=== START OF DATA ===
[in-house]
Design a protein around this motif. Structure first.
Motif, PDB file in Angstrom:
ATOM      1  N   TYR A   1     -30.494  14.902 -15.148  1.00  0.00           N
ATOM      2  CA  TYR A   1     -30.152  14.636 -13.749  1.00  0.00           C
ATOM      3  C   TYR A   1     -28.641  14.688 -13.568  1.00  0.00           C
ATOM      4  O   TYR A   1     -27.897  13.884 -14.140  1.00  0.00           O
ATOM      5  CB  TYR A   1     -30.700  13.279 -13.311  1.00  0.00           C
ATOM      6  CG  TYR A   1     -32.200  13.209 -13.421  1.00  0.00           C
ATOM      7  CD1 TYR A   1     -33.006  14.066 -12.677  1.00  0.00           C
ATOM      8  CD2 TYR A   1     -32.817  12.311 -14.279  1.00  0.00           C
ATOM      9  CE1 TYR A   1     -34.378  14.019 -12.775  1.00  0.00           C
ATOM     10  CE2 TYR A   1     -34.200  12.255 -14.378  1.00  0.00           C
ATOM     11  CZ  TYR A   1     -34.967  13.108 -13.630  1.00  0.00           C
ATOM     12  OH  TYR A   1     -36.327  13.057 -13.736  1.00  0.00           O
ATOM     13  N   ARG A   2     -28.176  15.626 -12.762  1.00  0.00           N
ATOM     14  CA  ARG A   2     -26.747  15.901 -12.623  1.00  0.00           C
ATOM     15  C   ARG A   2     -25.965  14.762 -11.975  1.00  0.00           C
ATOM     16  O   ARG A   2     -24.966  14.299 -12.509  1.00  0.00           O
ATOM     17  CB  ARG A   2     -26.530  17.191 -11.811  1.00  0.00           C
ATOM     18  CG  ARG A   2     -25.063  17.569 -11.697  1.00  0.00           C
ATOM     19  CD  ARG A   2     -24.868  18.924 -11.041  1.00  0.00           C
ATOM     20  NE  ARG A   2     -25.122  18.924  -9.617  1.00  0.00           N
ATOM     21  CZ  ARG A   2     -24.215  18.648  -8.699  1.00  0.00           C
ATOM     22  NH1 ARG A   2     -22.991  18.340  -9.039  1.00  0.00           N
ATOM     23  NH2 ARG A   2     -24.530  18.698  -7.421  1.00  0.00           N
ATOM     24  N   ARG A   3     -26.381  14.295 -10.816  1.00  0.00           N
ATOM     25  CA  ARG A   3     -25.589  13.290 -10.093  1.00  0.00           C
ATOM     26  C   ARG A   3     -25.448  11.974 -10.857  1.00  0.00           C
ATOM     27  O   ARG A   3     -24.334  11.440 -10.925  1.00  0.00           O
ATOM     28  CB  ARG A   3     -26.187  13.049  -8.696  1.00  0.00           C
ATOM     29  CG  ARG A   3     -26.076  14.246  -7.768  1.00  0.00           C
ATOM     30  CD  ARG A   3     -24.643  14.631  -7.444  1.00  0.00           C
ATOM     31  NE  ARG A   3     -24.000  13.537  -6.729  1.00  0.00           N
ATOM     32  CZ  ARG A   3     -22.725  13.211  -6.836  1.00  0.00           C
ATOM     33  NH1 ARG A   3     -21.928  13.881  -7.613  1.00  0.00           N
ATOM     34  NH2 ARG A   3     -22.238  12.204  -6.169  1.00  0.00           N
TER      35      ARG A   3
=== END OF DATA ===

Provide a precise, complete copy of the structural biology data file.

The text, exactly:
[in-house]
Design a protein around this motif. Structure first.
Motif, PDB file in Angstrom:
ATOM      1  N   TYR A   1     -30.494  14.902 -15.148  1.00  0.00           N
ATOM      2  CA  TYR A   1     -30.152  14.636 -13.749  1.00  0.00           C
ATOM      3  C   TYR A   1     -28.641  14.688 -13.568  1.00  0.00           C
ATOM      4  O   TYR A   1     -27.897  13.884 -14.140  1.00  0.00           O
ATOM      5  CB  TYR A   1     -30.700  13.279 -13.311  1.00  0.00           C
ATOM      6  CG  TYR A   1     -32.200  13.209 -13.421  1.00  0.00           C
ATOM      7  CD1 TYR A   1     -33.006  14.066 -12.677  1.00  0.00           C
ATOM      8  CD2 TYR A   1     -32.817  12.311 -14.279  1.00  0.00           C
ATOM      9  CE1 TYR A   1     -34.378  14.019 -12.775  1.00  0.00           C
ATOM     10  CE2 TYR A   1     -34.200  12.255 -14.378  1.00  0.00           C
ATOM     11  CZ  TYR A   1     -34.967  13.108 -13.630  1.00  0.00           C
ATOM     12  OH  TYR A   1     -36.327  13.057 -13.736  1.00  0.00           O
ATOM     13  N   ARG A   2     -28.176  15.626 -12.762  1.00  0.00           N
ATOM     14  CA  ARG A   2     -26.747  15.901 -12.623  1.00  0.00           C
ATOM     15  C   ARG A   2     -25.965  14.762 -11.975  1.00  0.00           C
ATOM     16  O   ARG A   2     -24.966  14.299 -12.509  1.00  0.00           O
ATOM     17  CB  ARG A   2     -26.530  17.191 -11.811  1.00  0.00           C
ATOM     18  CG  ARG A   2     -25.063  17.569 -11.697  1.00  0.00           C
ATOM     19  CD  ARG A   2     -24.868  18.924 -11.041  1.00  0.00           C
ATOM     20  NE  ARG A   2     -25.122  18.924  -9.617  1.00  0.00           N
ATOM     21  CZ  ARG A   2     -24.215  18.648  -8.699  1.00  0.00           C
ATOM     22  NH1 ARG A   2     -22.991  18.340  -9.039  1.00  0.00           N
ATOM     23  NH2 ARG A   2     -24.530  18.698  -7.421  1.00  0.00           N
ATOM     24  N   ARG A   3     -26.381  14.295 -10.816  1.00  0.00           N
ATOM     25  CA  ARG A   3     -25.589  13.290 -10.093  1.00  0.00           C
ATOM     26  C   ARG A   3     -25.448  11.974 -10.857  1.00  0.00           C
ATOM     27  O   ARG A   3     -24.334  11.440 -10.925  1.00  0.00           O
ATOM     28  CB  ARG A   3     -26.187  13.049  -8.696  1.00  0.00           C
ATOM     29  CG  ARG A   3     -26.076  14.246  -7.768  1.00  0.00           C
ATOM     30  CD  ARG A   3     -24.643  14.631  -7.444  1.00  0.00           C
ATOM     31  NE  ARG A   3     -24.000  13.537  -6.729  1.00  0.00           N
ATOM     32  CZ  ARG A   3     -22.725  13.211  -6.836  1.00  0.00           C
ATOM     33  NH1 ARG A   3     -21.928  13.881  -7.613  1.00  0.00           N
ATOM     34  NH2 ARG A   3     -22.238  12.204  -6.169  1.00  0.00           N
TER      35      ARG A   3